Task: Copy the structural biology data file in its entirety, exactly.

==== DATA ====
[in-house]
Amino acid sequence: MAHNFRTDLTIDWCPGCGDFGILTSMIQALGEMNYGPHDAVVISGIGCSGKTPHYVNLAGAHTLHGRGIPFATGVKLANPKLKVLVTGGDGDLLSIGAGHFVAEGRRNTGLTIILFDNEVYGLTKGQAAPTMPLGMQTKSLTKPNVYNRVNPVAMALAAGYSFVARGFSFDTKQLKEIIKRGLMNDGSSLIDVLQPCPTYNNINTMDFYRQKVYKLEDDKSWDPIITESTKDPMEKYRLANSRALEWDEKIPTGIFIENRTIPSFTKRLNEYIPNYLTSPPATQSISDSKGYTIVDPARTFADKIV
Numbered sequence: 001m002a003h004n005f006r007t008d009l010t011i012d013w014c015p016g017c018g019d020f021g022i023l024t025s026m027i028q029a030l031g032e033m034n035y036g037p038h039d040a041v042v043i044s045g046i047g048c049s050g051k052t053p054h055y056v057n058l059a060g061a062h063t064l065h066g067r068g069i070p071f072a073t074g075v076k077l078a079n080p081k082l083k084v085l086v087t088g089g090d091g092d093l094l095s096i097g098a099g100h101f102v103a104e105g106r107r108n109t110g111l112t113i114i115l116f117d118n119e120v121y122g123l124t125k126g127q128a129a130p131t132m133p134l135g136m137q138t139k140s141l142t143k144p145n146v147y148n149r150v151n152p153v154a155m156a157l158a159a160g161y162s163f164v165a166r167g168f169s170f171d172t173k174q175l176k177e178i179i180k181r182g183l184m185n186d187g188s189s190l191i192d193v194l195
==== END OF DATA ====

[in-house]
Amino acid sequence: MAHNFRTDLTIDWCPGCGDFGILTSMIQALGEMNYGPHDAVVISGIGCSGKTPHYVNLAGAHTLHGRGIPFATGVKLANPKLKVLVTGGDGDLLSIGAGHFVAEGRRNTGLTIILFDNEVYGLTKGQAAPTMPLGMQTKSLTKPNVYNRVNPVAMALAAGYSFVARGFSFDTKQLKEIIKRGLMNDGSSLIDVLQPCPTYNNINTMDFYRQKVYKLEDDKSWDPIITESTKDPMEKYRLANSRALEWDEKIPTGIFIENRTIPSFTKRLNEYIPNYLTSPPATQSISDSKGYTIVDPARTFADKIV
Numbered sequence: 001m002a003h004n005f006r007t008d009l010t011i012d013w014c015p016g017c018g019d020f021g022i023l024t025s026m027i028q029a030l031g032e033m034n035y036g037p038h039d040a041v042v043i044s045g046i047g048c049s050g051k052t053p054h055y056v057n058l059a060g061a062h063t064l065h066g067r068g069i070p071f072a073t074g075v076k077l078a079n080p081k082l083k084v085l086v087t088g089g090d091g092d093l094l095s096i097g098a099g100h101f102v103a104e105g106r107r108n109t110g111l112t113i114i115l116f117d118n119e120v121y122g123l124t125k126g127q128a129a130p131t132m133p134l135g136m137q138t139k140s141l142t143k144p145n146v147y148n149r150v151n152p153v154a155m156a157l158a159a160g161y162s163f164v165a166r167g168f169s170f171d172t173k174q175l176k177e178i179i180k181r182g183l184m185n186d187g188s189s190l191i192d193v194l195